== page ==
The purpose of this study is to investigate the potential of sharing economy and its ability to remedy the problems of CO2-emissions, congestion, air pollution and space limitations. The study separates from earlier studies by working across studies, different sharing economy solutions and issues, and is supported by a questionnaire and interviews with key figures and planners regarding sharing economy and transport. The different kinds of solutions of sharing economy are: Station-based car-sharing, free-floating car-sharing, carpooling and private car hire. By considering the Copenhagen passenger transport system through the theory on socio-technical systems by Frank W. Geels, a lock-in towards the conventional car and the usage of this is identified. However, a possible transition is identified, as the relationship towards the car is different for younger generations. If the relationship can be maintained by covering the need of a car with the solutions of sharing economy, a potential transition can be forced, and a positive effect on the issues of transport can be found. However, the effect and potential differs from solution to solution.
The study shows a vast potential for wide-spread usage of station-based car-sharing based on the transport needs of both car- and non-car owners, and because of the prerequisites in comparison to successful car-sharing cities like Berlin and Zurich. However, it requires for the economic perception on cars to change from simply calculating its variable costs to include the total costs of the car. Otherwise it will always be the cheapest option to own a car. If this barrier can be overcome, station-based car-sharing contains great potential in reducing total CO2 emissions and to alleviate the space problems, but a limited potential regarding the effect on congestion and air pollution due to the low amount of car owners in Copenhagen who are using their car for commuting and their needs in terms of commuting distances. Free-floating car-sharing, by contrast, shows a limited potential, as they only fulfill a limited need of the car, while also having fierce competition from other modes of transport. However, they have potential synergies with station-based car-sharing, but are estimated to have lesser positive effects on the issues of transport. If carpooling can be applied in the commuting traffic, it holds major opportunities of resolving the issues of transport, but due to a lack of incentives for both providers and drivers, it will have difficulty transitioning from its current way of usage. Private car hire is a suitable and widely used method of improving the economy of owning a car, but as the service only applies to non-car owners it will have a negative effect on several of the issues of transport.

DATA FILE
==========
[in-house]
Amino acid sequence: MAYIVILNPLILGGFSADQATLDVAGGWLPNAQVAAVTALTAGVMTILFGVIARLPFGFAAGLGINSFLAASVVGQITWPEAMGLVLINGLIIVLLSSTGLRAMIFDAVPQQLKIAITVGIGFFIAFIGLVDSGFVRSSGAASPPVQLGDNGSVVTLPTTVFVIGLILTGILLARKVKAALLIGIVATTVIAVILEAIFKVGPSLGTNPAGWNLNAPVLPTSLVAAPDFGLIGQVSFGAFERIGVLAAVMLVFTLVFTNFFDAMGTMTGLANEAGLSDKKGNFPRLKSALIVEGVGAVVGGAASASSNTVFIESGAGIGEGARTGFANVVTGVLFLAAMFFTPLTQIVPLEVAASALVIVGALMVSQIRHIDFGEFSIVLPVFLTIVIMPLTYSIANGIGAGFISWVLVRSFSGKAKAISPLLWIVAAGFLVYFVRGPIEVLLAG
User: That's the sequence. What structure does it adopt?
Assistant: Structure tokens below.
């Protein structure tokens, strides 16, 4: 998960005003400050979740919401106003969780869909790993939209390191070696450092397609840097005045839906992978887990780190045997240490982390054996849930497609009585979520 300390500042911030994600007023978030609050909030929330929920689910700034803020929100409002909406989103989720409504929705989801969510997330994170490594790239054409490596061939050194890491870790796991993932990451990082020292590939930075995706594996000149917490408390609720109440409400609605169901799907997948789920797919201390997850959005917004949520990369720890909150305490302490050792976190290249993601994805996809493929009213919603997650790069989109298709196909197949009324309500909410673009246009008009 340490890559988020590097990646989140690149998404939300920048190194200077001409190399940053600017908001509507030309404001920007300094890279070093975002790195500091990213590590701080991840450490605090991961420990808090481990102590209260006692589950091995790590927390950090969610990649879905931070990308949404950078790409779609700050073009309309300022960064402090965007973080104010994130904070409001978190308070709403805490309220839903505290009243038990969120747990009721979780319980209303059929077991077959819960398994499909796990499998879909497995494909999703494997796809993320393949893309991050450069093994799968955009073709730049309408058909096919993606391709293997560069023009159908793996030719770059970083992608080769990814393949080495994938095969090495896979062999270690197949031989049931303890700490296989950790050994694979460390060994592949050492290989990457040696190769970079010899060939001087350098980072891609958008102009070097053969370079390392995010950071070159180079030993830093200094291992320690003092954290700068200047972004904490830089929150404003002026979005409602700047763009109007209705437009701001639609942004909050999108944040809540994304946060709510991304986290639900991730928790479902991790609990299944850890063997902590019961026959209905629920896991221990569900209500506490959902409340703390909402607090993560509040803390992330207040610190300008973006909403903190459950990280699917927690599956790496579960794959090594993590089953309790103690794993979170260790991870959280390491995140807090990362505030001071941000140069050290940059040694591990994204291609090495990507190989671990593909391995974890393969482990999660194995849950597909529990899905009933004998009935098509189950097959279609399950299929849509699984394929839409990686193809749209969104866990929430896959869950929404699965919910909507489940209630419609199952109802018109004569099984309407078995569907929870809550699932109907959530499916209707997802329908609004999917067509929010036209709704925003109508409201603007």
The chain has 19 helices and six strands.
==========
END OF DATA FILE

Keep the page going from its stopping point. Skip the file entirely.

|Educations||TekSam - Technological and Socio-Economic Planning, (Bachelor/Graduate Programme) Graduate|
|Publication date||28 Jun 2016|
|Number of pages||126|
|Supervisors||Per Homann Jespersen|